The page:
By Ross Bonander, Sun, October 20, 2013
Researchers at Washington University School of Medicine in St. Louis have identified 127 repeatedly mutated genes that may drive both the development and the progression of several human tumors, including many entirely unrelated to one another.
Reporting in the journal Nature in a study that is the first of its kind, scientists demonstrated that many of the same genetic mutations occur across several types of cancer. A frequently occurring blood cancer mutation also shows up in cancers of the lung, breast, rectum, ovary and uterus, for instance.
This discovery is only possible because genome sequencing has become much cheaper and much faster than ever before, making the analyzing of DNA a much easier process than ever.
Identifying universal genes
Said senior author Li Ding, Ph.D., of The Genome Institute at Washington University:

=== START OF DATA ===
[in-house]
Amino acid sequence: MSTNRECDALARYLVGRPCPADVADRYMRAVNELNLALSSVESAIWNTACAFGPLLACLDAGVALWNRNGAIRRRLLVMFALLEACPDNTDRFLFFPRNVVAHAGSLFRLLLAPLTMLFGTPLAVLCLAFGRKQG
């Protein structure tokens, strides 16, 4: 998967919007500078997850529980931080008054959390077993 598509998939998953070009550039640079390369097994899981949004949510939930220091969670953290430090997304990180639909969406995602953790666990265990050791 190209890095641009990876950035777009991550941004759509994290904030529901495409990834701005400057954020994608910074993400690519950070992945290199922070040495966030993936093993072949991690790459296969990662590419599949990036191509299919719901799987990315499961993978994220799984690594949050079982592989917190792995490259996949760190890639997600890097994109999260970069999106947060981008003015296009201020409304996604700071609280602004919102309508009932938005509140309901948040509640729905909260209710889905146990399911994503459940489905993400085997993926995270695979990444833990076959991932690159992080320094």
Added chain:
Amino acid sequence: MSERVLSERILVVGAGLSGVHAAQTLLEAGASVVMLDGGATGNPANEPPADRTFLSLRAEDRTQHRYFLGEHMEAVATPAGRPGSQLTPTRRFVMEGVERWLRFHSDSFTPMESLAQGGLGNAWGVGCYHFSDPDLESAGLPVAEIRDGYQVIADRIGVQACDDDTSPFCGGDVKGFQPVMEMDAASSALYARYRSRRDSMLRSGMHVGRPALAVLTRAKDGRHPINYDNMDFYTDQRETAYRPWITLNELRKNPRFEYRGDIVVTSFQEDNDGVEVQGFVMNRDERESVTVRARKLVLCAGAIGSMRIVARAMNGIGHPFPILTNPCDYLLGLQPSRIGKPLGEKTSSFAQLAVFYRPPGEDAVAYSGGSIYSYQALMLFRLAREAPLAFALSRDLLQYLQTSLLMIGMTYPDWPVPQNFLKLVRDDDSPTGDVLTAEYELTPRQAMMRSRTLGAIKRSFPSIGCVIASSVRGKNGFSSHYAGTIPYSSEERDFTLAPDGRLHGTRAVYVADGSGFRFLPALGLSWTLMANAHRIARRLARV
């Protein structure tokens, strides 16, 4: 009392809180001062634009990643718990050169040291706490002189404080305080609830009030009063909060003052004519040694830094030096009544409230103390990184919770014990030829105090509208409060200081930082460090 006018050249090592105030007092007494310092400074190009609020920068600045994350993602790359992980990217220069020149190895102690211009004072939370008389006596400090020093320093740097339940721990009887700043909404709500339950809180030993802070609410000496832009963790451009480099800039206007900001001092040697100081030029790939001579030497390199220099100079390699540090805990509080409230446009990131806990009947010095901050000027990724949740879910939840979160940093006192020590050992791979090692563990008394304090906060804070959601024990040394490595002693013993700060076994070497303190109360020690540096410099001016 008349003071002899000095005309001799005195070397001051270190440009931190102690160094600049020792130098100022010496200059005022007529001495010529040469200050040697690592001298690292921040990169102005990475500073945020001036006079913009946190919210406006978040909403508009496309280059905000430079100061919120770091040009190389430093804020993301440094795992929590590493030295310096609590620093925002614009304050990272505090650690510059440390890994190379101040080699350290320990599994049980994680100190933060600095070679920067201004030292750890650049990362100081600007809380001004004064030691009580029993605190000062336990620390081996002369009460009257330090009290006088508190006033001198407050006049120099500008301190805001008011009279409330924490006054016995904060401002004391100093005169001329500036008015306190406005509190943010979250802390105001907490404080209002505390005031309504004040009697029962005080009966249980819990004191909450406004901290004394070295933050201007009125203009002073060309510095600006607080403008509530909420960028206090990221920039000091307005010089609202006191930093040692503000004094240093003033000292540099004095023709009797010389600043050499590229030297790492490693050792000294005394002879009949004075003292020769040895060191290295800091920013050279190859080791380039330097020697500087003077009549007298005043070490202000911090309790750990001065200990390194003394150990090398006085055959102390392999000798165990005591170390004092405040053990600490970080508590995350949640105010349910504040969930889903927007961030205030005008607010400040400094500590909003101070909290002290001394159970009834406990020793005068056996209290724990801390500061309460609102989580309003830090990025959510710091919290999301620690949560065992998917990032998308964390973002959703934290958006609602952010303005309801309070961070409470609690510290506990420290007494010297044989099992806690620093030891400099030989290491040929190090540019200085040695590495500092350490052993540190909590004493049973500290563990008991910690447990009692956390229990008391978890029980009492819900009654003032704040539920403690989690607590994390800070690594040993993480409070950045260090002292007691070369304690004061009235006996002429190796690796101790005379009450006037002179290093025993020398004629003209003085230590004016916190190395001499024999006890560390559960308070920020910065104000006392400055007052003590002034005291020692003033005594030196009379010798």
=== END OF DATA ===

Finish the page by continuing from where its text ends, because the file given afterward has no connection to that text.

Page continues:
This is just the beginning. Many oncologists and scientists have wondered whether it’s possible to come up with a complete list of cancer genes responsible for all human cancers. I think we’re getting closer to that.
In order to reach their conclusions for this study, investigators analyzed the genes from 3,281 tumors, specifically tumors occurring in the:
- Head and Neck
Being able to analyze this many tumor genomes grants researchers what they need most: the statistical power to identify significantly mutated genes, the ones that are most important in tumor development. Treatments can then be targeted against these mutations.
Because we now know, for example, that genes mutated in leukemia also can be altered in breast cancer and that genetic errors in lung cancer also can show up in colon and rectal cancer, we think one inclusive diagnostic test that includes all cancer genes would be ideal. This would provide a more complete picture of what’s going on in a tumor, and that information could be used to make decisions about treatment.
Their research is ongoing.